ONE of Swindon’s most popular bars might not survive if the tier system continues into the new year.

Manni Madhani, owner of The Bank in Old Town, has labelled the tier system devastating and warned his industry can’t cope for much.

He spoke as confusion reigned over what pubs can and cannot serve as a 'substantial meal' for customers living in Tier 2.

He said: “There’s a lot of people going out of business because of this.

“These tiers are having a huge impact on our business.

“It’s really putting us to the edge, we don’t know if we’ll survive next year.”

“We’re all in very sad and difficult times but in our industry, every day that goes by we’re feeling more and more left out with any help from the government.”

In Swindon, any pub or bar is allowed to open if they are serving a ‘substantial meal’ – if not, they need to remain closed.

On Monday morning, Environment Secretary George Eustice said a Scotch egg “probably would count as a substantial meal if there were table service” – something which is mandatory in pubs under the coronavirus rules.

But on Tuesday morning, cabinet minister Michael Gove told ITV’s Good Morning Britain it was “probably a starter”.

He told LBC “a couple of scotch eggs is a starter, as far as I’m concerned”.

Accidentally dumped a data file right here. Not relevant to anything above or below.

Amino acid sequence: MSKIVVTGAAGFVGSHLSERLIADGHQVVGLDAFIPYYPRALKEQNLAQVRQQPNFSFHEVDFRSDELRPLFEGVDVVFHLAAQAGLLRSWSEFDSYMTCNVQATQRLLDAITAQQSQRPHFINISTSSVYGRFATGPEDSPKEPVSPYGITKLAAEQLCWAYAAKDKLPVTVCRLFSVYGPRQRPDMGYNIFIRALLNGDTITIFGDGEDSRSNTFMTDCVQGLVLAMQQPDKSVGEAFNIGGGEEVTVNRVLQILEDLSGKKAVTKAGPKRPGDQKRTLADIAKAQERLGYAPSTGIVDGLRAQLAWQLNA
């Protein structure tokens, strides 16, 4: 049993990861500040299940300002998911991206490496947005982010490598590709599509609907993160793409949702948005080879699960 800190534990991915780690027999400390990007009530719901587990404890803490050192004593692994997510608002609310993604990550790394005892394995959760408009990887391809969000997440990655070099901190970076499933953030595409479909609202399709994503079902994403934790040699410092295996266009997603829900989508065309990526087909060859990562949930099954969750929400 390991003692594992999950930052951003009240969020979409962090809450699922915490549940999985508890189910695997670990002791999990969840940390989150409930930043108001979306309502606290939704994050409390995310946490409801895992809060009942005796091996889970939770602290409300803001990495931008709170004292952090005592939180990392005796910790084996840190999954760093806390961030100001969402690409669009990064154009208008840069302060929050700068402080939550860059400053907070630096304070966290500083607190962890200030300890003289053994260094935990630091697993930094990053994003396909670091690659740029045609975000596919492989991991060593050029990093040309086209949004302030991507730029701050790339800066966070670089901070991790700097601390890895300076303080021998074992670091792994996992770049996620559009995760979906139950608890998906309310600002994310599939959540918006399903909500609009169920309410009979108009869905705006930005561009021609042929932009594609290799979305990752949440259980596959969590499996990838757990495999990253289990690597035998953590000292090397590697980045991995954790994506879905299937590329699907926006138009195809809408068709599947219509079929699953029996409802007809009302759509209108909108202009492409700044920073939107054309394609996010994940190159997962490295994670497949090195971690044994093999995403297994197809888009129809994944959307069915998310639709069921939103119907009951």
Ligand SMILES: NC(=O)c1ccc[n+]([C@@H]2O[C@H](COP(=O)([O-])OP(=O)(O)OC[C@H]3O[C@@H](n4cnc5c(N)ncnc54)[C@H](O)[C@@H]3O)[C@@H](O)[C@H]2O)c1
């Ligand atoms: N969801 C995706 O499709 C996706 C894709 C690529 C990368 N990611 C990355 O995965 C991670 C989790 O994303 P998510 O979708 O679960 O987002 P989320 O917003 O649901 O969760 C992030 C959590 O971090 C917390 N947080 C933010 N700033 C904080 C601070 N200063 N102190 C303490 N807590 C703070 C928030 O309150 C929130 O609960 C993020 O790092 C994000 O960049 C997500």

But he later told ITV News: “A Scotch egg is a substantial meal.”

He added: “I myself would definitely scoff a couple of Scotch eggs if I had the chance, but I do recognise that it is a substantial meal.”

Mr Madhani wants to see more local decisions being made about what tier Swindon should be in.

He added: “The government are making these rules up, they’re coming out with these tiers, which maybe our town doesn’t need to be so strict.

“They need to take more of a local approach, let the local council say it doesn’t need to be in Tier 2.

“At the moment, if you come and have a drink at my place you need to buy food.

“That’s fine, we have a restaurant and we can extend that upstairs but how does that make a difference?

“If you’re eating food and drinking, you’re still in that environment.

“I don’t think it’s been proved that our industry is causing any issues.

“Schools are still open, people are still mixing, it’s devastating.”

On a normal weekend, Old Town would be packed with drinkers and partygoers, but since the first national lockdown in March the street has remained relatively quiet in the evenings.

“It sounds like it’s going to be another year, and it can’t be,” Mr Madhani said. “There are people in Swindon who support local businesses but who knows how long that can last.

“The loss of the weekend scene is devastating. I still take a drive round, I keep an eye on the building and I see what’s happening.

“I’ve never seen the place so derelict and dead. It’s terrible.

“It’s made the job of the authorities a lot easier because there are less people on the street but their job isn’t going to be impacted by it.

“We are suffering badly. There are lots of regulations and it’s not good for us.”